some salt or acid to it; both will

make it digestible.

10. Do not drink during meals as this

separates the food from the walls

of the stomach. Never drink after

the meal or after a warm bath, or

after violent exercise, nor after sexual

intercourse. This is dangerous

(Cannon, 760-879; Poem On Medicine,

55-57, Kamal, 1975).

Musa Ibn Maymum of Cordova (1135-1208 A.D.). Musa Ibn Maymum (Maimoinides), the most famous Medieval Jewish philosopher-physitian, provided wonderful insights on medicine, nutrition and dietetics. Ibn Maymum examined Hippocrates’ allopathic medical treatments, added his own observations, then produced one of his most famous medical-dietary texts, On the Aphorisms of Hippocrates:

1. The more natural warmth of a person,

the more food he needs. The

digestive process in the bodies of

young people is more rapid. People

who are extremely old cannot tolerate

abstention from food, but require

small amounts at frequent intervals,

because their body warmth is near

extinction and they require constant

nourishment for its maintenance


2. The fundamental rule [when administering

food] depends on the state

of the strength of the patient and on

the type of illness. One should also

take into consideration the age of the

patient, [his] custom[s] and the climate.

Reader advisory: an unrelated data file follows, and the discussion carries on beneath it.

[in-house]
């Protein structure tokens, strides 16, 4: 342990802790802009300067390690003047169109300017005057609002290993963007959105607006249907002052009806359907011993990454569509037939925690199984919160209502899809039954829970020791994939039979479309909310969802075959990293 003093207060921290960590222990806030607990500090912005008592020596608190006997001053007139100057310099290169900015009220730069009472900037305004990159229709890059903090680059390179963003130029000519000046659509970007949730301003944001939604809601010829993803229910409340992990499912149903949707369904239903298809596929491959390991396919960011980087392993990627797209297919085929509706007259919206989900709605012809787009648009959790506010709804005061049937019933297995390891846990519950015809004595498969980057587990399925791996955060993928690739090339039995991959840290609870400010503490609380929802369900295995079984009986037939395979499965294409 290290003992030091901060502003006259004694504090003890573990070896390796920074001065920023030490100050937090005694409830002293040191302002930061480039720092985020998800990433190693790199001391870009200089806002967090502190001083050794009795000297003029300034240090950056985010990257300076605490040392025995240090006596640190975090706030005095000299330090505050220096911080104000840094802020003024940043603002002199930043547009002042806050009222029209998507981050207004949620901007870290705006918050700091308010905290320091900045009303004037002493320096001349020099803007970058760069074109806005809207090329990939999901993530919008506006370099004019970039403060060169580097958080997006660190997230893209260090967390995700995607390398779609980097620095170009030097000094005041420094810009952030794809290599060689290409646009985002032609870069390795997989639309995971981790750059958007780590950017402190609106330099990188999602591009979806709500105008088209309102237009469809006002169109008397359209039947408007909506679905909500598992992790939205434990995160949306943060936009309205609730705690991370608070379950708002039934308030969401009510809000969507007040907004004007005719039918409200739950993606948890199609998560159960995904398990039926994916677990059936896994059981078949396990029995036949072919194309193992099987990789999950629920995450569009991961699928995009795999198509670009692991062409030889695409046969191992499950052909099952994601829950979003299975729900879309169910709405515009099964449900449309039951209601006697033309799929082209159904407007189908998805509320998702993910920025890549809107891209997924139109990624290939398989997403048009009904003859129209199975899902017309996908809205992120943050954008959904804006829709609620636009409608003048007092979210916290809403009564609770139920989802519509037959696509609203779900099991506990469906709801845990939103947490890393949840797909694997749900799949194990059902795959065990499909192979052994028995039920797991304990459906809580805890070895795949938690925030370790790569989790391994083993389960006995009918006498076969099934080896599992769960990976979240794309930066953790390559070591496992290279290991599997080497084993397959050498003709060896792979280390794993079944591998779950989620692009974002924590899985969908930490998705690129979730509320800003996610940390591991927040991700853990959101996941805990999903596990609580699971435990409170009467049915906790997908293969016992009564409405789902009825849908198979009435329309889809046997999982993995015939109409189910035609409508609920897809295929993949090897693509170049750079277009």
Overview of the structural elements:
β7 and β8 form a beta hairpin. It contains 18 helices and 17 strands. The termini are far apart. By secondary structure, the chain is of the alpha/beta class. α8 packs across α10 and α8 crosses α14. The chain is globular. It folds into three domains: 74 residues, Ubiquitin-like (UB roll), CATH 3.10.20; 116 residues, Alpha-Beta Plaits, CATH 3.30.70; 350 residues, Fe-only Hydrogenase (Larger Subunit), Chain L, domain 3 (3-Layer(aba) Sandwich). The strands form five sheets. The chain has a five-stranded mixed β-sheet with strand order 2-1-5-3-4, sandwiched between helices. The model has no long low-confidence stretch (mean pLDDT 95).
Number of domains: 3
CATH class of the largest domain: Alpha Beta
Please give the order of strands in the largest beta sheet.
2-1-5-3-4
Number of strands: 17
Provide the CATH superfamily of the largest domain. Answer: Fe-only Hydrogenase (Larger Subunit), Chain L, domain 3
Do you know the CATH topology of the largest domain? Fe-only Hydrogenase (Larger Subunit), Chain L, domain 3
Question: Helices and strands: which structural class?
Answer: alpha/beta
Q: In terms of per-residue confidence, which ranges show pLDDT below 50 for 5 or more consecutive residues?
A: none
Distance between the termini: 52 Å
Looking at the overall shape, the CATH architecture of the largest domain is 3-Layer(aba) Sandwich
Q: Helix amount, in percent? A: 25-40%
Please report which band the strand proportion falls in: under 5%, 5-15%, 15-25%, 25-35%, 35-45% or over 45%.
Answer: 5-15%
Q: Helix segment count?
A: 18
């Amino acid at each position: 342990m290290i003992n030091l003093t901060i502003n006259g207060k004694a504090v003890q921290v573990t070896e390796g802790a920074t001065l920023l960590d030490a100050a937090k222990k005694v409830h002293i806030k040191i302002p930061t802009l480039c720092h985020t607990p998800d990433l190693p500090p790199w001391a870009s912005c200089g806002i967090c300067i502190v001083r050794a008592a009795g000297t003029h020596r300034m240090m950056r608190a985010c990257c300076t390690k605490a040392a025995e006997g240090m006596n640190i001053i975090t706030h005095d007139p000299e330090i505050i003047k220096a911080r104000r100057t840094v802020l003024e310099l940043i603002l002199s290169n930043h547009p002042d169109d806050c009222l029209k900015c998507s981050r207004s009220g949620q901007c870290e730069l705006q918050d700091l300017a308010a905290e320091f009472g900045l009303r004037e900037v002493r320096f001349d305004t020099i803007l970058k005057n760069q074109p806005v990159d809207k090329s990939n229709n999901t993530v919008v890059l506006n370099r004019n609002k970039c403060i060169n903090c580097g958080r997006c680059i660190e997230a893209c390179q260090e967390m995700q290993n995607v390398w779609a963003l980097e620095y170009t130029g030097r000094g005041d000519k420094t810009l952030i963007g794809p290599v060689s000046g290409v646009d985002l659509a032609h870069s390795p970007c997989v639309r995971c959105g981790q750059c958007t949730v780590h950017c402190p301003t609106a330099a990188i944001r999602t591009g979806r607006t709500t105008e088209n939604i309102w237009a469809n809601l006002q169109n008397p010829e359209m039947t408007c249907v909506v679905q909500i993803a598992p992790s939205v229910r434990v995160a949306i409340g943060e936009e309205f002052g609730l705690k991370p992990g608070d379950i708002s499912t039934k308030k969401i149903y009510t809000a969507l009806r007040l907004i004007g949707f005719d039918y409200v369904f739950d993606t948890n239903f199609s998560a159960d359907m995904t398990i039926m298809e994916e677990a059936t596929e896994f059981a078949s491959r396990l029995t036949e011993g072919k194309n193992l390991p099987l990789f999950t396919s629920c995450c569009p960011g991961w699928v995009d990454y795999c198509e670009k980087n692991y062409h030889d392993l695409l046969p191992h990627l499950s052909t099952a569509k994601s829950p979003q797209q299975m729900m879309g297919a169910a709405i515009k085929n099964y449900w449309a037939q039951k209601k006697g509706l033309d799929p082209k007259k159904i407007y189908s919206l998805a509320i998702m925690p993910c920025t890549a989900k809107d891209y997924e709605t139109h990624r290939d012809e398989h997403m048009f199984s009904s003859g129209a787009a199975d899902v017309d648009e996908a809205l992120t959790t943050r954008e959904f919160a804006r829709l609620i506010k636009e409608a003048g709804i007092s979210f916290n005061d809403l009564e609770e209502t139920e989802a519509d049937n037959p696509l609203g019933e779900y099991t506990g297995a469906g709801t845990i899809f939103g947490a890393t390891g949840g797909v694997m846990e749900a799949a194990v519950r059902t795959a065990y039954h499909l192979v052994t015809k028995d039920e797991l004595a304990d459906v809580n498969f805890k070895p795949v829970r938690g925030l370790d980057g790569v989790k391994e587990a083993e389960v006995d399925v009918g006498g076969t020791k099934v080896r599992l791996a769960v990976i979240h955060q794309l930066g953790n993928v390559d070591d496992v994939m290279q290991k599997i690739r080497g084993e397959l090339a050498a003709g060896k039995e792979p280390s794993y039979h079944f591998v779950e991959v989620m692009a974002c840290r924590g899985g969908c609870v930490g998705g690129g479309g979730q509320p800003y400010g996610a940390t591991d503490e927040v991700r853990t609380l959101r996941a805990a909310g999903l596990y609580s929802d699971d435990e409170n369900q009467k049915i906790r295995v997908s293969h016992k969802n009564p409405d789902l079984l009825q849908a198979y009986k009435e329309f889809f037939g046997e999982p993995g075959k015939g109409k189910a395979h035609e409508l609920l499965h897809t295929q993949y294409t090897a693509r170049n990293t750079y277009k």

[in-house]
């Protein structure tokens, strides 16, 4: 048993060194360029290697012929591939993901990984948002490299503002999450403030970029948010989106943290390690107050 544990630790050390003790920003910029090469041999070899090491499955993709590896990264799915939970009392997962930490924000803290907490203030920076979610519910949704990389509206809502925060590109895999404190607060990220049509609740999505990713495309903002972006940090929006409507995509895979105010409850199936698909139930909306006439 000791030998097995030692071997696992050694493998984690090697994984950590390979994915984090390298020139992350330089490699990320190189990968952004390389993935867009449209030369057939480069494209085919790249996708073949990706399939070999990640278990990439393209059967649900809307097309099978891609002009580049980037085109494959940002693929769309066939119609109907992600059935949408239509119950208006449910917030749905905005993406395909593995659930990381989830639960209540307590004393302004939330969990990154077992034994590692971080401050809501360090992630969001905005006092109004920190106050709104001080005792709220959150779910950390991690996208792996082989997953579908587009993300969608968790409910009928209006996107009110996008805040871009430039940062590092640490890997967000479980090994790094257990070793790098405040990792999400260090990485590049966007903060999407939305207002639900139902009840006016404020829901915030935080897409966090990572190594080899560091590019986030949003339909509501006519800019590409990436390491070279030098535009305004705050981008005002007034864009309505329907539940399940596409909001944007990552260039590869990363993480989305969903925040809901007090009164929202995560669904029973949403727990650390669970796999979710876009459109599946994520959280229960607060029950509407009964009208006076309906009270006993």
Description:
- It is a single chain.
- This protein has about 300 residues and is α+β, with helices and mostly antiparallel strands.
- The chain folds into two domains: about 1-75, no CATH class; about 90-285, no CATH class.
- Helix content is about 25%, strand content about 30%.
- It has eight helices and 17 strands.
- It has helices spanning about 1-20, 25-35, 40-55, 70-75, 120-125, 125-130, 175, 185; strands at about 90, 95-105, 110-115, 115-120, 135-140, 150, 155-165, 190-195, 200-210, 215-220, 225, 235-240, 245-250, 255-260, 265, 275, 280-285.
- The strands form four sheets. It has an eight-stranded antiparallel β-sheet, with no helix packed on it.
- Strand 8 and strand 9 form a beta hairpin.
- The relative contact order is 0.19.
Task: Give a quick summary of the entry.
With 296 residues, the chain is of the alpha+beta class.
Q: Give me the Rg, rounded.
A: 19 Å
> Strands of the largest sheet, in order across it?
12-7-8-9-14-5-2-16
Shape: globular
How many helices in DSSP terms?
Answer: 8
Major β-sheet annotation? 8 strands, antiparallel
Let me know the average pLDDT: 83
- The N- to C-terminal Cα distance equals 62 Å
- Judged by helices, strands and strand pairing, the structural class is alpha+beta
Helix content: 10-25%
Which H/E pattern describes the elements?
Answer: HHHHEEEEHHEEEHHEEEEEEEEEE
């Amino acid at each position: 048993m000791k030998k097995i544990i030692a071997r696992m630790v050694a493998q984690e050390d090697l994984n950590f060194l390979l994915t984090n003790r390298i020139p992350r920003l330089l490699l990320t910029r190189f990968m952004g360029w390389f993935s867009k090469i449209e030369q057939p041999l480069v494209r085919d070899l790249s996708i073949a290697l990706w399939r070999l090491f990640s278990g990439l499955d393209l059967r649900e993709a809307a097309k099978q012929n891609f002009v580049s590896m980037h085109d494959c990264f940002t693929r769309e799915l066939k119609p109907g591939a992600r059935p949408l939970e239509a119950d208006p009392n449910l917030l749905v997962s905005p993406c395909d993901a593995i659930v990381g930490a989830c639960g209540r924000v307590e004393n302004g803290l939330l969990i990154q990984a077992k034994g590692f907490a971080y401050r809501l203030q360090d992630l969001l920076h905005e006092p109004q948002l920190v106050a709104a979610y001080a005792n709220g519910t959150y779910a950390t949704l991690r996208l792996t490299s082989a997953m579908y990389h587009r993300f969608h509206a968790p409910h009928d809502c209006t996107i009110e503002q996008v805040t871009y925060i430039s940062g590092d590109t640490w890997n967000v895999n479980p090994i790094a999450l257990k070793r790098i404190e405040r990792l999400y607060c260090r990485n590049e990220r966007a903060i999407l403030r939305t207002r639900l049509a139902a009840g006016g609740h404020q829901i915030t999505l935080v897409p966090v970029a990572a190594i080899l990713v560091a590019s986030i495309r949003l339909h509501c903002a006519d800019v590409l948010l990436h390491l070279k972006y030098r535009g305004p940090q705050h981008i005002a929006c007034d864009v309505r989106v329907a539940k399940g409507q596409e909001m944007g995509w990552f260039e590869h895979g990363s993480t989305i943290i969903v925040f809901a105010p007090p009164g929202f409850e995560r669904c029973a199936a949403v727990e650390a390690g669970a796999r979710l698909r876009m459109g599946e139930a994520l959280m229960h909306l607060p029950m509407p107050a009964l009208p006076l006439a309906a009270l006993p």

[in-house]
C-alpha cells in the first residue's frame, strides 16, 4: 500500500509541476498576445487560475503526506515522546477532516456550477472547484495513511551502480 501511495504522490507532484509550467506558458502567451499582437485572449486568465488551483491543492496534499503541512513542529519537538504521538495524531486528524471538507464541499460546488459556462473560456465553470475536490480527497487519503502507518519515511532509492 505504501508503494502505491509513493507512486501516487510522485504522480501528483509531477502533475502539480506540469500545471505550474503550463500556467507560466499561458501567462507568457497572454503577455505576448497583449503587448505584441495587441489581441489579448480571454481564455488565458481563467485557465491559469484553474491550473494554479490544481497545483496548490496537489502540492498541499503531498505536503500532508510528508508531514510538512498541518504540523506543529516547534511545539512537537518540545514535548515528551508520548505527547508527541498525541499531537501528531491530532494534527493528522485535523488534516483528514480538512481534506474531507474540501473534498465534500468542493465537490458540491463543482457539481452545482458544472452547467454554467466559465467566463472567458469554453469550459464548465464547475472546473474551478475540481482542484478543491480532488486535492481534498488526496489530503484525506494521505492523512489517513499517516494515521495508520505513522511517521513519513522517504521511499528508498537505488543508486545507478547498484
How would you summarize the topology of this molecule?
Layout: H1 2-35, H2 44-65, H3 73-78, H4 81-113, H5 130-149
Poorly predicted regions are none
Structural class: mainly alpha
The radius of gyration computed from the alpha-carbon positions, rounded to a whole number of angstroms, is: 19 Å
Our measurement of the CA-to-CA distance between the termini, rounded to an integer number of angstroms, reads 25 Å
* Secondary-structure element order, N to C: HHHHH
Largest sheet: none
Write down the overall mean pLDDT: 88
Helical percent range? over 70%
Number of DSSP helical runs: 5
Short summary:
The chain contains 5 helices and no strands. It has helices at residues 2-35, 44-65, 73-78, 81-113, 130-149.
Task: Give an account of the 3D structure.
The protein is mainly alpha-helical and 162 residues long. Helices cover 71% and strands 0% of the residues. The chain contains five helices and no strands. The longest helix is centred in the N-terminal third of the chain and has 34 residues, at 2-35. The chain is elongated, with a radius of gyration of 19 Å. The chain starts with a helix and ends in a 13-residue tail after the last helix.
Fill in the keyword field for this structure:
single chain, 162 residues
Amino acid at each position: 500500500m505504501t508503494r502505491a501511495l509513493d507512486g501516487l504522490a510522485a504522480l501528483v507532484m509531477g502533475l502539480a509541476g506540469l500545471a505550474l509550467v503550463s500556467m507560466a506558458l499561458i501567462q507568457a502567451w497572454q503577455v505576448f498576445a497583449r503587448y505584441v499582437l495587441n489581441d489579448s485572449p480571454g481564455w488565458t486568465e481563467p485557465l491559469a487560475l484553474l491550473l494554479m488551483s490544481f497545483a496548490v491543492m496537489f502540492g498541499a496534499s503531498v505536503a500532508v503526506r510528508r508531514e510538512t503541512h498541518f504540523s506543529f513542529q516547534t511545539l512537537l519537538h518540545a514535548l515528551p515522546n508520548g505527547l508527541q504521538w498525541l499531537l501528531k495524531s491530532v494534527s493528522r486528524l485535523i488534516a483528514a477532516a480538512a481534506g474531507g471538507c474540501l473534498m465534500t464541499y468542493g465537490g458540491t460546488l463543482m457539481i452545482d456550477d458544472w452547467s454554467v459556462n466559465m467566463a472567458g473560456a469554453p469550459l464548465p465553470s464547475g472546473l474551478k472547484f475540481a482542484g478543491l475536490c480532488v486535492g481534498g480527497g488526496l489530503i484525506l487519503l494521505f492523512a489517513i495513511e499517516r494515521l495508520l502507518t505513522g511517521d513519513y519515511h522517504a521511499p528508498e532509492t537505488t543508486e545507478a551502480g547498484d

A strong person requires that

his food intake be all at one time,

whereas a weak person needs to eat

small portions at intervals. A lean or

emaciated person needs to be fed a

generous amount of food, whereas

obese patients should be fed less. It

follows that a weak, lean patient

should be fed small amounts of food

at frequent intervals. When summer

approaches, it is proper to decrease

food intake and increase [the] interval

between meals, because at that

time the body may be full. This is

because the humors, which were

congealed during the winter, liquefy

and melt (1:17).

3. The most rapidly and suddenly

nourishing substance is wine (2:18).

4. Ravenous hunger is caused by either

the cold of the stomach alone, or

because of the sour humor which is

swallowed up by its substance. Wine

cures both conditions (2:21).

5. Elderly people have more control

over their diet than young people.

However, the strength in the bodies

of old people is weak [and they have

less resistance to disease] not only

because they are unable to cook the

illness, but also because when they

are affected with illness, the latter

are due to cold humors (2:39).

6. If you [classify] each and every illness,

you will note that [they] are

better or worse depending on the

particular age group of the patient